A Look at the Cloak Tuck 2.0 from Alien Gear Holsters


Cloak Tuck 2.0 with a dress shirt tucked in, and jacket. The jacket will frequently come off; therefore, requiring the tucking capability of a hybrid holster.

This product was received to review with no arrangement to return it.  The product page and the manufacture’s website is linked in two locations of this post.

The last time I donned on a hybrid holster, it was the Crossbreed SuperTuck with cowhide in a combat cut and metal clips for the Glock 19. I did end up selling the holster; not because it didn’t work as advertised – it wasn’t what I needed. I did eventually try the SmartCarry, but ultimately ended up carrying in my pocket.

The benefit of wider weight distribution for comfort did not outweigh the time it took me to set up compared to other non-hybrid holsters available – especially when tucking in my shirt.

On days I’m not working in a NPE, I’m happily carrying a Glock 19 or Kahr PM9 in an appendix holster from Dale Fricke. Since my 2011 review on the SuperTuck, I’ve deviated little from pocket or appendix IWB carry.

After receiving the Cloak Tuck 2.0 for the Glock 42 from Alien Gear to write a review, I found myself revisiting the same personal preference issues I had with the Crossbreed. However, there are notable differences, some of which were positive.

Judging from past reviews of the Cloak Tuck 2.0, the hardware included appears to have improved significantly, favoring a molded rubber instead of ill-cut fuel line to adjust the retention. It’s pretty slick, actually.

Compared to the SuperTuck, the Cloak Tuck 2.0’s retention is adjustable by using the rubber spacers and appropriate hardware included with the holster. Further, the plastic shells are interchangeable for their separate semi-automatic and revolver systems and trade-in through their Iron-Clad Triple Guarantee.


The Cloak Tuck 2.0 smells like a mouse pad, but that’s only because most mouse pads are made out of neoprene. The materials and the manner of which they were assembled together appear sound and it is comfortable.

The holster shell is manufactured from Boltaron, not Kydex. I haven’t had an issue with the Kydex holsters cracking, so I’m not certain if I can fully appreciate the applicability of Boltaron for holsters primarily used for everyday concealed carry.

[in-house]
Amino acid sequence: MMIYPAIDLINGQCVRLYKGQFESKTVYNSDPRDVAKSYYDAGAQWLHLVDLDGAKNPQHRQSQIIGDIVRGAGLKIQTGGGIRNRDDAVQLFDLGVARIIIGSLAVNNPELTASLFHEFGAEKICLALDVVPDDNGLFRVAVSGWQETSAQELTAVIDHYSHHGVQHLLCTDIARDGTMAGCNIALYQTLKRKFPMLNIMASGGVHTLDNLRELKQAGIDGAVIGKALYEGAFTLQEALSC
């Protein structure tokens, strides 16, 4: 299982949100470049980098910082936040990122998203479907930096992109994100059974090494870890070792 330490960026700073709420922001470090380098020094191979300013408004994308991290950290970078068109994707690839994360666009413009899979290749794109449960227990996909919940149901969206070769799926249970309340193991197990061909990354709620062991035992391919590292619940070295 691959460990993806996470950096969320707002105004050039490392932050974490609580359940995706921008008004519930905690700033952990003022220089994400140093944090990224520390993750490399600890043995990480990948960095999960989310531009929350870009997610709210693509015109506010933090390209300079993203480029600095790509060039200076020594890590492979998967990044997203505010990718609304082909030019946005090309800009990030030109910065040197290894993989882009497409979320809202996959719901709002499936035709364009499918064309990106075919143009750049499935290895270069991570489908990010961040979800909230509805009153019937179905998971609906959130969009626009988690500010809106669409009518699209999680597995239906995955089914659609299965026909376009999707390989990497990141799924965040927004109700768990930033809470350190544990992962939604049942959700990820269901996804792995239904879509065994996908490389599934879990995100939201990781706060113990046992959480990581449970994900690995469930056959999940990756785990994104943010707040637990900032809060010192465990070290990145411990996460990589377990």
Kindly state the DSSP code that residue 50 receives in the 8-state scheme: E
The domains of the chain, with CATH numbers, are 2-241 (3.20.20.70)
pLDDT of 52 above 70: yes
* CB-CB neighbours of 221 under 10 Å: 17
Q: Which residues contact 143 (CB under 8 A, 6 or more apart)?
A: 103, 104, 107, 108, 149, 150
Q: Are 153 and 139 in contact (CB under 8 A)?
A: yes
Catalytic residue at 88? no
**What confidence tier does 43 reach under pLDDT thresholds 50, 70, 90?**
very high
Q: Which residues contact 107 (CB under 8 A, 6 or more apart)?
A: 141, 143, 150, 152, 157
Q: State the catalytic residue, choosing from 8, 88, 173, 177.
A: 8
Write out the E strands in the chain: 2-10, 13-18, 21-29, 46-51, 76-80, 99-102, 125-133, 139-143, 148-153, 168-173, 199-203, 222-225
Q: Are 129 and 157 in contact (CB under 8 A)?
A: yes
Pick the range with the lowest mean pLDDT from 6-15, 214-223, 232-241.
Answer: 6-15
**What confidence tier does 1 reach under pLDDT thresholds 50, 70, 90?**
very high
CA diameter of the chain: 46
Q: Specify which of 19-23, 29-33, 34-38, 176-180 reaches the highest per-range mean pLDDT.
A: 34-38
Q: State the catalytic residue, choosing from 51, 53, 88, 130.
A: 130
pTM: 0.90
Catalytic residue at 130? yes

Of note, the shell is a flat press mold of the firearm with no curve. While I don’t appreciate curves in my firearm, I’ve come to expect it for side mounted carry rigs. As a result, placement for me is very limited to the 5 o’clock position, which is just right of center of my back.  This affects my draw, and ability to do so if I am ever on my back.


Sliding the set up forward to my preferred side-carry position at 4 o’clock, the shell starts to force my waistband out. You can play with the cant to attempt to make it less noticeable. My preference, applicable to this holster at 5 o’clock, is the high screw in the front and the medium to low screw on the back. Using the high screw hole in the back doesn’t provide me enough cant to reach back, and the grip sits too low below the belt.position_alien_compare_holster

If you have more girth to work with, you may have more potential flat surface area to contact the holster, permitting more variation for your ideal holster position.


The photo above demonstrates my preferred carry position using a Off the Grid Concepts Sidewinder, compared to the position I must use with the Cloak Tuck 2.0.  The top and bottom rows demonstrate the Cloak Tuck 2.0 concealed, tucked and untucked, respectively.

I think the clips bring a lot more attention than any printing bulge in my pants. I wouldn’t be caught wearing this outside the house with my shirt tucked in, which isn’t exclusive to the Cloak Tuck. It’s true for the SuperTuck and for the knives you carry everyday with the clip conspicuously attached to the pant pocket. However, having a selection of clips/loops to choose from is nice. Of the options, I think the standard clip will suffice for most folks carrying with an untucked shirt. The leather loops are a nice option, with the exception that the buttons are exceptionally tight, and the hole in the plastic stay isn’t counter-sunk. The j-clips and c-clips will work for its intended purpose, but don’t pretend it will make it less noticeable.



Those holes should be below the belt line.

I favor the Cloak Tuck over the SuperTuck moderately. Retention is easily adjusted by using the rubber spacers, instead of heating up the Kydex on the SuperTuck, and I think the shell swapping principle is an attractive deal – all for less than $40.00 USD.

My primary contention is how limited positioning can be as a result of a flat mold. I think if I slightly bent the mold by heat, I may have more freedom to adjust the holster in a more favorable position for me. Further, I think set up takes considerably longer than any of the leather IWB or appendix holsters I’ve used over the years. That alone excludes this holster, and anything like it, from my rotation.

I just like this photo.

With that noted, if a hybrid holster fits your needs, particularly price, Alien Gear’s Cloak Tuck 2.0 is a holster worth trying yourself.

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Categories: gear, gear review, Guns


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3 Comments on “A Look at the Cloak Tuck 2.0 from Alien Gear Holsters”

  1. Brandon
    March 20, 2015 at 10:17 pm #

    Good review brother. I appreciated how you acknowledge that just because it did not work for you, does not mean that it won’t work for anybody. I think that a lot of people think that this is a one holster fits all world….but that is not the case.

    Well done!

  2. April 27, 2015 at 11:45 am #

    Sounds like the kind of holster you’d need to try out yourself to truly get a good idea on the fit– thanks for the insight.

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